New York's highest court has ruled that Happy, the 51-year-old Asian elephant who resides at the Bronx Zoo, is not a person. The Nonhuman Rights Project brought the case that Happy should be recognized as a person, in the legal sense, and freed from being "imprisoned" at the zoo. They believe he should be moved to an animal sanctuary. From National Geographic:
The court's 5-2 ruling on June 14 means Happy is not entitled to the fundamental right of bodily liberty, or freedom from imprisonment[…]
This was the fourth court the NhRP has argued before on Happy's behalf, and it's the highest court an animal rights case has reached in the United States.
Personhood is a legal designation that indicates an entity has the capacity for rights or responsibilities. Corporations, bodies of water, and other animals in countries around the world have been recognized as persons. In the U.S., no specific designation exists for nonhuman animals. In the U.S., animals are things[…]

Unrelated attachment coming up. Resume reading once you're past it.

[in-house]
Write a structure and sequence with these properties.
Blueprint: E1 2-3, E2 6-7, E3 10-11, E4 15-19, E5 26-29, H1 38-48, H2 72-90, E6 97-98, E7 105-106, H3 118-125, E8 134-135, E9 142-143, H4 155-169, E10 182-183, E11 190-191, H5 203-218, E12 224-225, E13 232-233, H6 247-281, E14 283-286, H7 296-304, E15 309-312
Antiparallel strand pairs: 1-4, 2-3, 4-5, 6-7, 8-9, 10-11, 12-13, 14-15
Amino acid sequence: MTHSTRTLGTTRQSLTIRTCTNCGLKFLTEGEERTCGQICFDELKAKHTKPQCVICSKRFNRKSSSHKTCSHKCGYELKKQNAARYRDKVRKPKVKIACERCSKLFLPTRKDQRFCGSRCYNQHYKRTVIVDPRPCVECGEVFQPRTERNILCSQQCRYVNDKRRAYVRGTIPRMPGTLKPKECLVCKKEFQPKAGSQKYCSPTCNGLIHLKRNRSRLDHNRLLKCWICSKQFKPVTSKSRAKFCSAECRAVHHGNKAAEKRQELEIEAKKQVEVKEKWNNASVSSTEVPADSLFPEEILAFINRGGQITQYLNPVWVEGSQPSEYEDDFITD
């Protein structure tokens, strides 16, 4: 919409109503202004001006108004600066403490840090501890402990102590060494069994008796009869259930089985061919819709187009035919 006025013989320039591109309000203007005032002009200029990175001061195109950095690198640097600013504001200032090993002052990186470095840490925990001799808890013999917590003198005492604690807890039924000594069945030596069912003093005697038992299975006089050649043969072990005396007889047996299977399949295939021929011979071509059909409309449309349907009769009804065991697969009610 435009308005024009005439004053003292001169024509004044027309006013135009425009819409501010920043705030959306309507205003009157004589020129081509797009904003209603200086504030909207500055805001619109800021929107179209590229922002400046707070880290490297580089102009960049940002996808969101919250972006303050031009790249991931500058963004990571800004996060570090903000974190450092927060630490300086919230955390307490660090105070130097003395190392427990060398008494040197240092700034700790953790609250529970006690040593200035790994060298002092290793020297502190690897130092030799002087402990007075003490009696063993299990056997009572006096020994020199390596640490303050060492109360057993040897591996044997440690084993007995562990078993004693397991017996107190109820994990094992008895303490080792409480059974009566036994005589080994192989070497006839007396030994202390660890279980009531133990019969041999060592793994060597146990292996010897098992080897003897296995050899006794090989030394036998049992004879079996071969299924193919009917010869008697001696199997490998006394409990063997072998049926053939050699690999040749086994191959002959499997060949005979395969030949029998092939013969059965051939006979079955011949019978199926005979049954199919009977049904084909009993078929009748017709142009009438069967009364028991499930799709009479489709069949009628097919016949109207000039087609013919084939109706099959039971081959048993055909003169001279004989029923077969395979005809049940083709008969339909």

"While no one disputes the impressive capabilities of elephants, we reject petitioner's arguments that it is entitled to seek the remedy of habeas corpus on Happy's behalf," chief judge Janet DiFiore wrote. "Habeas corpus is a procedural vehicle intended to secure the liberty rights of human beings who are unlawfully restrained, not nonhuman animals."